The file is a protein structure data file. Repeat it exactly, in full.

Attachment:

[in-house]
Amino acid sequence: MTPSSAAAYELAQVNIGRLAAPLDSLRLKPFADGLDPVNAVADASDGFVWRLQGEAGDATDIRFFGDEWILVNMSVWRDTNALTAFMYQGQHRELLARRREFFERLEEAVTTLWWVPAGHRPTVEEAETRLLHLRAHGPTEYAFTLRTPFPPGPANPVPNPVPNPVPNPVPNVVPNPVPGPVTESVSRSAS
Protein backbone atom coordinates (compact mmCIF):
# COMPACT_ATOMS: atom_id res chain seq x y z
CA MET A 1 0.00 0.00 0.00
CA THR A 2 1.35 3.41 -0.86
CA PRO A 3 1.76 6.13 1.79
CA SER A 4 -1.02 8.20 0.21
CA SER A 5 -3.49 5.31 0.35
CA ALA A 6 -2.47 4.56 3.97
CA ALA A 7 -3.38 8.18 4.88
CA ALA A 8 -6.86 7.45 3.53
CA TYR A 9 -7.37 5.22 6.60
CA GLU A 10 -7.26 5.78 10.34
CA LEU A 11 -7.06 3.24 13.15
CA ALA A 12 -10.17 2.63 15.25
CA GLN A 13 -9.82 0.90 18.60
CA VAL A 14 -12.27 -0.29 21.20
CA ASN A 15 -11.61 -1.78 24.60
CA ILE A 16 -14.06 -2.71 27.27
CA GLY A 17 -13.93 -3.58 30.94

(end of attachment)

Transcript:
[in-house]
Amino acid sequence: MTPSSAAAYELAQVNIGRLAAPLDSLRLKPFADGLDPVNAVADASDGFVWRLQGEAGDATDIRFFGDEWILVNMSVWRDTNALTAFMYQGQHRELLARRREFFERLEEAVTTLWWVPAGHRPTVEEAETRLLHLRAHGPTEYAFTLRTPFPPGPANPVPNPVPNPVPNPVPNVVPNPVPGPVTESVSRSAS
Protein backbone atom coordinates (compact mmCIF):
# COMPACT_ATOMS: atom_id res chain seq x y z
CA MET A 1 0.00 0.00 0.00
CA THR A 2 1.35 3.41 -0.86
CA PRO A 3 1.76 6.13 1.79
CA SER A 4 -1.02 8.20 0.21
CA SER A 5 -3.49 5.31 0.35
CA ALA A 6 -2.47 4.56 3.97
CA ALA A 7 -3.38 8.18 4.88
CA ALA A 8 -6.86 7.45 3.53
CA TYR A 9 -7.37 5.22 6.60
CA GLU A 10 -7.26 5.78 10.34
CA LEU A 11 -7.06 3.24 13.15
CA ALA A 12 -10.17 2.63 15.25
CA GLN A 13 -9.82 0.90 18.60
CA VAL A 14 -12.27 -0.29 21.20
CA ASN A 15 -11.61 -1.78 24.60
CA ILE A 16 -14.06 -2.71 27.27
CA GLY A 17 -13.93 -3.58 30.94